NSF Chemistry Division Director Luis Echegoyen announced a proposed sweeping realignment of the division’s chemistry programs at the foundation’s ACS Town Hall meeting on Monday evening in Salt Lake City. During the Q&A that followed Echegoyen’s presentation, all anyone wanted to ask about was the $3 billion NSF will receive as part of the Obama Administration’s economic stimulus package.
“Most of what I am at liberty to talk about on the stimulus, you already know,” Echegoyen told the packed house at the outset of his presentation.
Didn’t matter. The first question Echegoyen took after his presentation was, “Will the stimulus allow anything that has been canceled to be revived?” Six or seven more questions on the stimulus followed. Before he adjourned the session, Echegoyen asked, “Does anyone have anything to say about the realignment?” No one seemed to.
The goal of the proposed changes, Echegoyen said in his presentation, is to realign the chemistry division “to guarantee that the very best projects in research, education, training, and infrastructure development are supported and to anticipate and respond to new developments in chemistry.”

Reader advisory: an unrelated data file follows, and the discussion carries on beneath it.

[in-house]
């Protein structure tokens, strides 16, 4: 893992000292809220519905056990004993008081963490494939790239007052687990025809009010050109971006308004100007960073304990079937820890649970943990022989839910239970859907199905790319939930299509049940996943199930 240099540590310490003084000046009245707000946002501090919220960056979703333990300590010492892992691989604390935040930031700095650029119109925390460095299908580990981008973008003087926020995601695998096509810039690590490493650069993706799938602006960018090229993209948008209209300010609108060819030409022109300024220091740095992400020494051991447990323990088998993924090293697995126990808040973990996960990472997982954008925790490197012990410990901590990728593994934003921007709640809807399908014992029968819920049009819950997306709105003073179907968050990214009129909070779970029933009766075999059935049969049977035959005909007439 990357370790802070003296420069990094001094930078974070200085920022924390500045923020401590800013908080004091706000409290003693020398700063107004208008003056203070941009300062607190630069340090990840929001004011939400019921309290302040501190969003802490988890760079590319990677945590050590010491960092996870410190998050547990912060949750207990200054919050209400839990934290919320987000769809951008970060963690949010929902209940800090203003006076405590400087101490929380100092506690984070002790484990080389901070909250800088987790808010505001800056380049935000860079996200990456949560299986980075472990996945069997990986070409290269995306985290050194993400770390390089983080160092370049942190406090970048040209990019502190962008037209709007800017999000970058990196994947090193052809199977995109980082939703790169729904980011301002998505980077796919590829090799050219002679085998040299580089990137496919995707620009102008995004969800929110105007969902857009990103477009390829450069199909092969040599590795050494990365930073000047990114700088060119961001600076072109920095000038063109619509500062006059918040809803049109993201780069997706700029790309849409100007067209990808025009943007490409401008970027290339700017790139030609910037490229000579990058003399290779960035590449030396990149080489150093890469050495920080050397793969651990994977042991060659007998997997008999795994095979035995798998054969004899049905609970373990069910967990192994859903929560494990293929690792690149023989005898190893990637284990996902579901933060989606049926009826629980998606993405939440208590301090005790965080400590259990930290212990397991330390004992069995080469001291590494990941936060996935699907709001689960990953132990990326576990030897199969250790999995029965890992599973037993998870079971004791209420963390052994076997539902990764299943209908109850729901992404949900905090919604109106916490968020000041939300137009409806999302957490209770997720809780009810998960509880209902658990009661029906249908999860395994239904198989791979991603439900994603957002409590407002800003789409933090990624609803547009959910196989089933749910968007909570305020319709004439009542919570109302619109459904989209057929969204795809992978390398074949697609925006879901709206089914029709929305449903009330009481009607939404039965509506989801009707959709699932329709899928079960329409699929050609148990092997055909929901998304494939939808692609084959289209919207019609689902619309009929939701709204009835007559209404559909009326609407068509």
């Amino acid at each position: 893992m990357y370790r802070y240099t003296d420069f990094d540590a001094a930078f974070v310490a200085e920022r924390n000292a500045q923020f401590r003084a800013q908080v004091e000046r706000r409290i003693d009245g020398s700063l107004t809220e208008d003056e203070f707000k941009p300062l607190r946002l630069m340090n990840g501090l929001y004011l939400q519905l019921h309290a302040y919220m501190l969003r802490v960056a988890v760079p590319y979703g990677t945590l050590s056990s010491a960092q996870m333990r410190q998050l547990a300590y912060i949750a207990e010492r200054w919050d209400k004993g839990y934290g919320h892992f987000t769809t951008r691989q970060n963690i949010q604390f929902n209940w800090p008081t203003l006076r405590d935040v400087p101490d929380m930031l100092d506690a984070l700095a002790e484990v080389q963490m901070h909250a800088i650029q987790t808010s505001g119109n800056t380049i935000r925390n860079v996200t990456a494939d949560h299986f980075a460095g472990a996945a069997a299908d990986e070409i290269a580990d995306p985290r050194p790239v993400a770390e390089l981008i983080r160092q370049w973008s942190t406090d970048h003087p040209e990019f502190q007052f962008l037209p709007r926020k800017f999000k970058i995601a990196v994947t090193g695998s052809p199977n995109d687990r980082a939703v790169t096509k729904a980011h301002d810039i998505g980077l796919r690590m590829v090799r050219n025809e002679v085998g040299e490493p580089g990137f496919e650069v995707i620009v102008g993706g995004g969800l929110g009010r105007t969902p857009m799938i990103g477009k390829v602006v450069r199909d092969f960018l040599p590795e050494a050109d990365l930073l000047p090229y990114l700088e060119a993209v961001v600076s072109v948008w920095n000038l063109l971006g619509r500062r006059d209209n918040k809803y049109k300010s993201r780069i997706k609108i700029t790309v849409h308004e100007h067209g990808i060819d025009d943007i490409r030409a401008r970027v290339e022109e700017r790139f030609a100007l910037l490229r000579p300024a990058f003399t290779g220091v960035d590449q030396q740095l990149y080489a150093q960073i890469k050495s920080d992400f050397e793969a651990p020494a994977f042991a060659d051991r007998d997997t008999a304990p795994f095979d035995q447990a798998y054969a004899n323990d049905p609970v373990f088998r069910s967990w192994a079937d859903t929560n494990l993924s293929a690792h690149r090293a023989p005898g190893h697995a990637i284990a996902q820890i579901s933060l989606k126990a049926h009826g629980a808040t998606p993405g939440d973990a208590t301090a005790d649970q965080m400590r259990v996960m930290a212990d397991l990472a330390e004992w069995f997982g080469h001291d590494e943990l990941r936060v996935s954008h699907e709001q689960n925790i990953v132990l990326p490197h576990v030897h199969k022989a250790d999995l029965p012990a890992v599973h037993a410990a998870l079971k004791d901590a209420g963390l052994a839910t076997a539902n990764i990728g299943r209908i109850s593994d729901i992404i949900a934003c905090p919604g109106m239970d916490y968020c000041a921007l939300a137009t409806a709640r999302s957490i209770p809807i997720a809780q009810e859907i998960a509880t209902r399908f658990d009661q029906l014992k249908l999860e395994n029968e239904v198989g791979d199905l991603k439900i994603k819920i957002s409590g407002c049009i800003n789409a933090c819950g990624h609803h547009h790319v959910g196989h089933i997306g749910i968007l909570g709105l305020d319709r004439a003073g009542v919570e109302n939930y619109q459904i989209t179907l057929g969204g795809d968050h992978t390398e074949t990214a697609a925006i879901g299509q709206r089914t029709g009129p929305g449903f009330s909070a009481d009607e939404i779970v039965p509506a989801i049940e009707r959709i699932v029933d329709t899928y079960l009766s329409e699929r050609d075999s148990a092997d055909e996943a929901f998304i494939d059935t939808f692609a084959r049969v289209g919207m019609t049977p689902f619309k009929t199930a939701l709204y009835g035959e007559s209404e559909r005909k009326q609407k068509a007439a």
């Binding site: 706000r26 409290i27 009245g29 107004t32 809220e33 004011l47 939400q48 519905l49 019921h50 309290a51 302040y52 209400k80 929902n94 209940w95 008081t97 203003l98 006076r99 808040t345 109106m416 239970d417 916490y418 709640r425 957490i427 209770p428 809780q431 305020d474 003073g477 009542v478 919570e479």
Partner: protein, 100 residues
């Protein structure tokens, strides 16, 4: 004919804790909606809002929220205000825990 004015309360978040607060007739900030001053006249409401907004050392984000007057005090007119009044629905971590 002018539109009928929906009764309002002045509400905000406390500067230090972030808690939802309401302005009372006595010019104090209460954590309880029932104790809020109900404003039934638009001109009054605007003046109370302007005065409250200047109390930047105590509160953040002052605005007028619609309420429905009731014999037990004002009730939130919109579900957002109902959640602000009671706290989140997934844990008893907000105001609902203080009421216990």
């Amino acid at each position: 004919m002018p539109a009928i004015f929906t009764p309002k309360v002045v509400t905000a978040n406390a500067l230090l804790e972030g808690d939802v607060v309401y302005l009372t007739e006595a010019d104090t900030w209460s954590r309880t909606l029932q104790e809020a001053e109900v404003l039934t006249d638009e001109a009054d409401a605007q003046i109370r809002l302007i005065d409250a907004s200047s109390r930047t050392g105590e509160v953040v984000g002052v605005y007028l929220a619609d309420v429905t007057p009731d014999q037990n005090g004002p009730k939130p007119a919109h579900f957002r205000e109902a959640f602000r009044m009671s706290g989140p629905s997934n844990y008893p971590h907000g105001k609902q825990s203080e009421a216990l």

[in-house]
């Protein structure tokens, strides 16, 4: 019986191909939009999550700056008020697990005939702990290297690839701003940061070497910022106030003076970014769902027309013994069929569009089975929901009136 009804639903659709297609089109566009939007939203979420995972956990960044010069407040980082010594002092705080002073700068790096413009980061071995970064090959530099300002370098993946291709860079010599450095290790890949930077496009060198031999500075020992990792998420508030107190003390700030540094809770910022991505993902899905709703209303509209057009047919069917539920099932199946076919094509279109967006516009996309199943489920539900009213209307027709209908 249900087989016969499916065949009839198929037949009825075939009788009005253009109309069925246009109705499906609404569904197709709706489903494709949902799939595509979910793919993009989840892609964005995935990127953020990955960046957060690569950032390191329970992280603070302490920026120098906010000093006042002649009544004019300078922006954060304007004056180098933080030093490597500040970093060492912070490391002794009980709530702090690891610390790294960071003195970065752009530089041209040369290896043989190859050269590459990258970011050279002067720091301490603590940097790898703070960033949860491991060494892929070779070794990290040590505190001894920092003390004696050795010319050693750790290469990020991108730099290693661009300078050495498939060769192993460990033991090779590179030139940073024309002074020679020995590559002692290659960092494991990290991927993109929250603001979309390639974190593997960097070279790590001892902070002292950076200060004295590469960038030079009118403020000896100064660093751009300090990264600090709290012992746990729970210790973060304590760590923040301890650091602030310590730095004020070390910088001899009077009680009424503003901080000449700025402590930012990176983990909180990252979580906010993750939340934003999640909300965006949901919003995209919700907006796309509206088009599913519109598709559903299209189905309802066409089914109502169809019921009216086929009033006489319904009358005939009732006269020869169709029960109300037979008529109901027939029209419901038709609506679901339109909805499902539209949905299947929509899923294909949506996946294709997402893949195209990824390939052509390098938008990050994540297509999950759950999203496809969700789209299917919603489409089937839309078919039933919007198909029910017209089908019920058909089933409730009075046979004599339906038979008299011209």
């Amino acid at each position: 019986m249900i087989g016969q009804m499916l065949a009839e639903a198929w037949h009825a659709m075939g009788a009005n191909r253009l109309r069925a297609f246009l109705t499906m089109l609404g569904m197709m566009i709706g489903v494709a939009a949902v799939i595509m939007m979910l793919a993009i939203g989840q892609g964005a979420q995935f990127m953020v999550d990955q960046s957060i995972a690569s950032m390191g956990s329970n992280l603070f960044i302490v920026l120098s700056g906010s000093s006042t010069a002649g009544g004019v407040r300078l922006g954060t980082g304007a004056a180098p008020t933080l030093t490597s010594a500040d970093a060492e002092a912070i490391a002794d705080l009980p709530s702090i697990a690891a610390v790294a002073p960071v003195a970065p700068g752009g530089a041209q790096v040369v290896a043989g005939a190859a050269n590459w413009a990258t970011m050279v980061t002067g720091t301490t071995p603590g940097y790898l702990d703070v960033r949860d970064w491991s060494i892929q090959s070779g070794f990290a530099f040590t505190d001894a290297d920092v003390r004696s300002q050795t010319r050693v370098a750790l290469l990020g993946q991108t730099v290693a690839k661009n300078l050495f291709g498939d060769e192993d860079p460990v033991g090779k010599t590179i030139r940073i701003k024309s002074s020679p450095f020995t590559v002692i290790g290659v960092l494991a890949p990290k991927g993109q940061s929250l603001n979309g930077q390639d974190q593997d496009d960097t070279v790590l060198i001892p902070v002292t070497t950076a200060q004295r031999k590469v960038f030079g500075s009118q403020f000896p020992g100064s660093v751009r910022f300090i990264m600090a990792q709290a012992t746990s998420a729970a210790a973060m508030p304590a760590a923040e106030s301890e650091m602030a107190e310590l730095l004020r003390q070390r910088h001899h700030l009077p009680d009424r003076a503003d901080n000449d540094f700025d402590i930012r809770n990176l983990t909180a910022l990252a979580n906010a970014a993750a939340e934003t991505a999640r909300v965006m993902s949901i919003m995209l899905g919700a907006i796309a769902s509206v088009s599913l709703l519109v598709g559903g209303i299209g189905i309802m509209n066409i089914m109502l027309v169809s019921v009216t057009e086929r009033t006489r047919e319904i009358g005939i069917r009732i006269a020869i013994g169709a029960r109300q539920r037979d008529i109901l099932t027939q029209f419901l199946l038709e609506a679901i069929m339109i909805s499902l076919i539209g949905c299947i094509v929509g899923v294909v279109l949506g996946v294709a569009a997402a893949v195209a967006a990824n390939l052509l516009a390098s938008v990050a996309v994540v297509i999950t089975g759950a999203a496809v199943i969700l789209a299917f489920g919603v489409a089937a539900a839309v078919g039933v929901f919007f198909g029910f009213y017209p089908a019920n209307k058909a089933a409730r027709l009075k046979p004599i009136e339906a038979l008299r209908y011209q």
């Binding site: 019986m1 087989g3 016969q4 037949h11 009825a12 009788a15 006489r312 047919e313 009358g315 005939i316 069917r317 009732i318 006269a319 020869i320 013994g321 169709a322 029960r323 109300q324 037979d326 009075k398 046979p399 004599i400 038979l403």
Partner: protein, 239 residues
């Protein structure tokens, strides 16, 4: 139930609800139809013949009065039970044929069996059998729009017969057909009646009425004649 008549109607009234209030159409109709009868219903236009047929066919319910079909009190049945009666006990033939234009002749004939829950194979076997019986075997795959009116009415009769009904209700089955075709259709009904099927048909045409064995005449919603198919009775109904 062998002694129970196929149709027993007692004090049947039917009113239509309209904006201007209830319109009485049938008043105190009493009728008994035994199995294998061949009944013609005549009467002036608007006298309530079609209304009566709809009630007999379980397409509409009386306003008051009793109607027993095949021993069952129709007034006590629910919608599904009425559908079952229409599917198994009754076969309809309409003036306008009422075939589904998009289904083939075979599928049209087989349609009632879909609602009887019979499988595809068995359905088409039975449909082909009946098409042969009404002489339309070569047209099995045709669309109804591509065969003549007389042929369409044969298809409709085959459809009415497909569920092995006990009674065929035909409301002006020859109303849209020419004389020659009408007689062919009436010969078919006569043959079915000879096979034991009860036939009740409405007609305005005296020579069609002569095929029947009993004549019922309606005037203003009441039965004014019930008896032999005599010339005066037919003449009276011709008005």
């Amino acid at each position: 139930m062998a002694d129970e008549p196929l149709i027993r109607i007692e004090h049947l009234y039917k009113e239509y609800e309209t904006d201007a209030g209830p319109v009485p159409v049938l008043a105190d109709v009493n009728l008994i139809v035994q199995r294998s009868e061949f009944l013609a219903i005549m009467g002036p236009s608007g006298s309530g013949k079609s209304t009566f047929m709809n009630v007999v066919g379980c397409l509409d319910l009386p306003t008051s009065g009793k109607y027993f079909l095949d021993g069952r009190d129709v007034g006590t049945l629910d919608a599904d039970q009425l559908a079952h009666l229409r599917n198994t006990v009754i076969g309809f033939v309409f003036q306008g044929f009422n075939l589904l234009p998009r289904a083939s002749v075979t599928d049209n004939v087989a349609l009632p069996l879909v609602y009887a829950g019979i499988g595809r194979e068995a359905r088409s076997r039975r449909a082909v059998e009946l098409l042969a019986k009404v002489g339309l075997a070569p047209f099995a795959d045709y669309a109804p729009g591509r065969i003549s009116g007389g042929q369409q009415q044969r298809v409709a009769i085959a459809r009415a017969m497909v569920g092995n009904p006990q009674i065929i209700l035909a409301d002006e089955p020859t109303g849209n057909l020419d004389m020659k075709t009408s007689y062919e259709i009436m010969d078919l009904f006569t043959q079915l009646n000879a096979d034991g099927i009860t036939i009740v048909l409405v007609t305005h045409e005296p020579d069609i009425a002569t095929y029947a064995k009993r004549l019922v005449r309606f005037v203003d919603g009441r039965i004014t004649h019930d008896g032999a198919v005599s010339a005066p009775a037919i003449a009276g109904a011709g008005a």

The new structure would abandon the traditional program delineations such as the “Organic and Macromolecular Program” and the “Physical Chemistry Program.” In their place would be eight new programs in the following areas:
“This represents a substantial departure from the current structure,” Echegoyen noted, adding that the only word that survives from the old structure to the new is “theory.”
The Chemistry Division handed out a nifty brochure that describes each of the proposed new programs. It doesn’t look like it is available yet on the division’s website, but I’m sure someone will send you one if you ask. You can submit comments about the proposed realignment to firstname.lastname@example.org.
Photo: Madeleine Jacobs (left), Ronald Breslow (center), and Luis Echegoyen at the ACS Town Hall meeting. Credit: Rudy Baum/C&EN
- Chemical Synthesis
- Chemical Structure, Dynamics & Mechanisms
- Chemical Measurement & Imaging
- Theory, Models & Computational Methods
- Environmental Chemical Sciences
- Chemistry of Life Processes
- Chemical Catalysis